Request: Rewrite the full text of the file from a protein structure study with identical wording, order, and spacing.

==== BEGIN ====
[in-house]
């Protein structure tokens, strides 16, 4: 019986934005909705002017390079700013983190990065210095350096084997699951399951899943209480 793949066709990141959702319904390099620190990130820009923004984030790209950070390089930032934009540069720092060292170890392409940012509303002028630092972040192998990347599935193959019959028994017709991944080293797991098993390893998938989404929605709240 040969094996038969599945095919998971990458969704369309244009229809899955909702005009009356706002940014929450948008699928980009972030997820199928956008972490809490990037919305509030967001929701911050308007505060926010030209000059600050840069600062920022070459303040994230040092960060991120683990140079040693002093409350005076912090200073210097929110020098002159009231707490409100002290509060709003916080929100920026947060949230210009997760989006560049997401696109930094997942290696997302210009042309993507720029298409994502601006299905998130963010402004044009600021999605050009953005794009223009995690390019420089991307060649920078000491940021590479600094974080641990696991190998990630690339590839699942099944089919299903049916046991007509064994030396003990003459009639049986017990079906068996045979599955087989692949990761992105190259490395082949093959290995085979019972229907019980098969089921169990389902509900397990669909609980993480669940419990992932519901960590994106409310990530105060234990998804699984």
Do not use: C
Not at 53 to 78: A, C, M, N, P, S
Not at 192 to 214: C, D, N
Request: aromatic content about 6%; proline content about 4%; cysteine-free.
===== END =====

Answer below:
[in-house]
């Protein structure tokens, strides 16, 4: 019986934005909705002017390079700013983190990065210095350096084997699951399951899943209480 793949066709990141959702319904390099620190990130820009923004984030790209950070390089930032934009540069720092060292170890392409940012509303002028630092972040192998990347599935193959019959028994017709991944080293797991098993390893998938989404929605709240 040969094996038969599945095919998971990458969704369309244009229809899955909702005009009356706002940014929450948008699928980009972030997820199928956008972490809490990037919305509030967001929701911050308007505060926010030209000059600050840069600062920022070459303040994230040092960060991120683990140079040693002093409350005076912090200073210097929110020098002159009231707490409100002290509060709003916080929100920026947060949230210009997760989006560049997401696109930094997942290696997302210009042309993507720029298409994502601006299905998130963010402004044009600021999605050009953005794009223009995690390019420089991307060649920078000491940021590479600094974080641990696991190998990630690339590839699942099944089919299903049916046991007509064994030396003990003459009639049986017990079906068996045979599955087989692949990761992105190259490395082949093959290995085979019972229907019980098969089921169990389902509900397990669909609980993480669940419990992932519901960590994106409310990530105060234990998804699984």
Do not use: C
Not at 53 to 78: A, C, M, N, P, S
Not at 192 to 214: C, D, N
Request: aromatic content about 6%; proline content about 4%; cysteine-free.